21 December 2012
One of the most powerful calculating machines known to the civilian world has been installed and tested in a remote, high-altitude site in the Andes Mountains of northern Chile, marking one of the major remaining milestones toward completion of the most elaborate ground-based telescope in history, the Atacama Large Millimeter/submillimeter Array (ALMA).
Technician Juan Carlos Gatica checks electronics on the ALMA correlator.
For this task, he's using supplemental oxygen at the high-altitude site.
CREDIT: Carlos Padilla, NRAO/AUI/NSF
The ALMA correlator's 134 million processors will continually combine and compare faint celestial "signals" received by as many as 50 dish-shaped antennas in the main ALMA array, enabling the antennas to work together as a single, enormous astronomical telescope. The correlator can additionally accommodate up to 14 of the 16 antennas in the Atacama Compact Array (ACA), a separate part of ALMA provided by the National Astronomical Observatory of Japan (NAOJ), for a total of 64 antennas. In radio telescope arrays, sensitivity and image quality increase with the number of antennas.
Funded by the U.S. National Science Foundation (NSF), and designed, constructed, and installed primarily by the National Radio Astronomy Observatory (NRAO), the ALMA correlator is a critical component in a radio telescope system that astronomers are already using to make new discoveries about how planets, stars, and galaxies form. Unlike optical telescopes, which observe visible light emitted by stars, ALMA explores a region of the spectrum of invisible light, the millimeter and sub-millimeter wavelength realm.
When observing, ALMA's antennas point at the same celestial object in the sky, gathering faint radio waves. Before astronomers can make detailed images or do other analyses, the information collected by dishes separated by as much as ten miles must be extensively computer processed.
The ALMA correlator performs the first critical steps in this data processing. To make the entire system work as a single telescope, the information collected by each antenna must be combined with that from every other antenna. At the correlator's maximum capacity of 64 antennas, there are 2,016 antenna pair combinations, and as many as 17 quadrillion calculations every second.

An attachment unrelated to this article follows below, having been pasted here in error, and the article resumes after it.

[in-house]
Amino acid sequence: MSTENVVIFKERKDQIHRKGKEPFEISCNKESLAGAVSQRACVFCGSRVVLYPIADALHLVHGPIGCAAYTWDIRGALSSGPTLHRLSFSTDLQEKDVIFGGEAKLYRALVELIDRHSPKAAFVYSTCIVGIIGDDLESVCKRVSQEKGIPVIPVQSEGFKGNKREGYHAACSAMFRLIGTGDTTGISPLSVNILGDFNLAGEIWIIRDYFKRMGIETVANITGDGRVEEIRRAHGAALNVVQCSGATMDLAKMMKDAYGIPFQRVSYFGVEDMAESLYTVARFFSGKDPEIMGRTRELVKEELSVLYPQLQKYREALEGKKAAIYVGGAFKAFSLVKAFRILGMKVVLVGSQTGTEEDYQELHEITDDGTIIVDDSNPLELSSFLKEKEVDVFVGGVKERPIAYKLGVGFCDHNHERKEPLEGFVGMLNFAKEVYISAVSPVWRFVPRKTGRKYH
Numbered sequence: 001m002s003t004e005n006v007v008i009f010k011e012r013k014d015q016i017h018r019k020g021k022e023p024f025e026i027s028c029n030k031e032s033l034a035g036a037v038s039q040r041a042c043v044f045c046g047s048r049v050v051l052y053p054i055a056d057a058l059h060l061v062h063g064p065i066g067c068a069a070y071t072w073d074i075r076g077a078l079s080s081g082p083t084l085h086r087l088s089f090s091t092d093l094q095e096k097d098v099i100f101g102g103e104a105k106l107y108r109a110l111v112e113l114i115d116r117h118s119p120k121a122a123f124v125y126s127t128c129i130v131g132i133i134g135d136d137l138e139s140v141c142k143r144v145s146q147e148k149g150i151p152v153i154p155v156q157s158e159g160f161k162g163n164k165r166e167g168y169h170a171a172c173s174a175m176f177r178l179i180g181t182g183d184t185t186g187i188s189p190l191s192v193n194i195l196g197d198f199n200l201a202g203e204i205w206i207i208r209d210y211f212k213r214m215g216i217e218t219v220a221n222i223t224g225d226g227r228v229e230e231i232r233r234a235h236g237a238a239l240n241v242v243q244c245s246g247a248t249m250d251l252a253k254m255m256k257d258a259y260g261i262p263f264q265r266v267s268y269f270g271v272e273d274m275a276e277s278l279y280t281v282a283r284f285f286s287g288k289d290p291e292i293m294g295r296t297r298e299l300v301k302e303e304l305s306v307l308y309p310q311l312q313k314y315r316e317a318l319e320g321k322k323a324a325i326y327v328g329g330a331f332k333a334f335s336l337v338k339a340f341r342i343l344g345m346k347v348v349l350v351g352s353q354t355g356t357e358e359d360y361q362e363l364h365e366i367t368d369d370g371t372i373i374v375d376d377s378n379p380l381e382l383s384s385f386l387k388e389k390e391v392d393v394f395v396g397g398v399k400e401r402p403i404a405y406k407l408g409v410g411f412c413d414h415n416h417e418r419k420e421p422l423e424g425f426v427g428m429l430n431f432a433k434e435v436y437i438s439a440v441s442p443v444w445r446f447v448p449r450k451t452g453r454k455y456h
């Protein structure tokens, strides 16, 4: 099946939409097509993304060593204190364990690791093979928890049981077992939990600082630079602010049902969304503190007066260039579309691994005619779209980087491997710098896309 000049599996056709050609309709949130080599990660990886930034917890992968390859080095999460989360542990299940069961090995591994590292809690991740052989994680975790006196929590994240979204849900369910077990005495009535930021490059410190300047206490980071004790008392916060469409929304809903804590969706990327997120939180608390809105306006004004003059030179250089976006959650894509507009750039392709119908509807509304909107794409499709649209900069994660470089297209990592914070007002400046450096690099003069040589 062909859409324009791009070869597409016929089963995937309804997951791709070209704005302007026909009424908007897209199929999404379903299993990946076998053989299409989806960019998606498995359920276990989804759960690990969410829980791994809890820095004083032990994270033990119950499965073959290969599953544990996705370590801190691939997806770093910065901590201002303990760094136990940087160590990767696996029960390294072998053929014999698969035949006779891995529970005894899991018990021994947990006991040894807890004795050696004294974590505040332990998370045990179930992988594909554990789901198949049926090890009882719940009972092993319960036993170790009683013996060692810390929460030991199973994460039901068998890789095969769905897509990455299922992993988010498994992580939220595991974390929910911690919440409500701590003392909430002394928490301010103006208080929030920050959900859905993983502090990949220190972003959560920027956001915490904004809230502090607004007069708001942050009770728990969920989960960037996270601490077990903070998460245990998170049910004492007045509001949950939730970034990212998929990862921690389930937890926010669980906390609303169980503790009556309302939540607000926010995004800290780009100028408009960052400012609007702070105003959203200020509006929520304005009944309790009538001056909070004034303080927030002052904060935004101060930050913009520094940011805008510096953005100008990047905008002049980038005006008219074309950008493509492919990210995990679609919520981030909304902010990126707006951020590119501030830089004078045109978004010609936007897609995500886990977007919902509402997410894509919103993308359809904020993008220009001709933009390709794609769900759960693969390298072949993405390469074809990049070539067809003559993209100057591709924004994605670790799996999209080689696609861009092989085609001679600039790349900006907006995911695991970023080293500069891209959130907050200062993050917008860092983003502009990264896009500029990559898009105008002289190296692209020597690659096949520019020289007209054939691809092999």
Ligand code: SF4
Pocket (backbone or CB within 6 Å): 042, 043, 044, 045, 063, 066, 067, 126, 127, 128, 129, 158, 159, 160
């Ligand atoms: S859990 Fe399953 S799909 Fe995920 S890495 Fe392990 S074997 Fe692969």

"The completion and installation of the correlator is a huge milestone toward the fulfillment of North America's share of the international ALMA construction project," said Mark McKinnon, North American ALMA Project Director at NRAO. "The technical challenges were enormous, and our team pulled it off," he added.
One of the challenges facing the correlator design team, led until his retirement by correlator expert Ray Escoffier, was cost. "As we confronted this project, we realized that it would have taken, at the time, a billion dollars' worth of off-the-shelf personal computers to perform the needed calculations. We built our own custom machine for about 11 million dollars," said John Webber, former head of the NRAO Central Development Laboratory in Charlottesville, Virginia.
Another challenge was the extreme location. The correlator is housed in the ALMA Array Operations Site (AOS) Technical Building, the highest-altitude high-tech building in the world. At 16,500 feet, the air is thin, so twice the normal airflow is necessary to cool the machine, which draws some 140 kilowatts of power. Computer disk drives will not work reliably in thin air, so the correlator and its associated computers must be diskless. Seismic activity is common, so the correlator had to be designed to withstand the vibrations associated with earthquakes.
The thin air at the ALMA site also affects human performance. While the AOS Technical Building is expected to be unmanned during routine ALMA operations, it took about 20 weeks of human effort there to unpack and install the correlator. "There are thousands upon thousands of cable connections that we had to make, and every one of our cables is the same color blue, so I'm just glad we devised a good labeling system while at sea-level," said NRAO's Rich Lacasse, leader of the ALMA Correlator Team.
ALMA's European partner, led by the European Southern Observatory (ESO), provided an important component of the correlator, 512 "next-generation" circuit boards, built by the University of Bordeaux under the leadership of Alain Baudry, that increase the system's ability to distinguish fine shades of color, or wavelength. This contribution improved the spectroscopic performance of the original design by a factor of 32 at no net increase in cost.
The ALMA correlator is one of two such systems in the ALMA complex. A second system, built by the Fujitsu company and delivered by NAOJ, provides independent correlation of the 16 antennas in the ACA, except for times when select ACA antennas are combined with the 50 more widely dispersed main array antennas. Completion of ALMA construction is planned for late 2013.
ALMA, an international astronomy facility, is a partnership of Europe, North America and East Asia in cooperation with the Republic of Chile. ALMA construction and operations are led on behalf of Europe by ESO, on behalf of North America by the National Radio Astronomy Observatory (NRAO), and on behalf of East Asia by the National Astronomical Observatory of Japan (NAOJ). The Joint ALMA Observatory (JAO) provides the unified leadership and management of the construction, commissioning and operation of ALMA.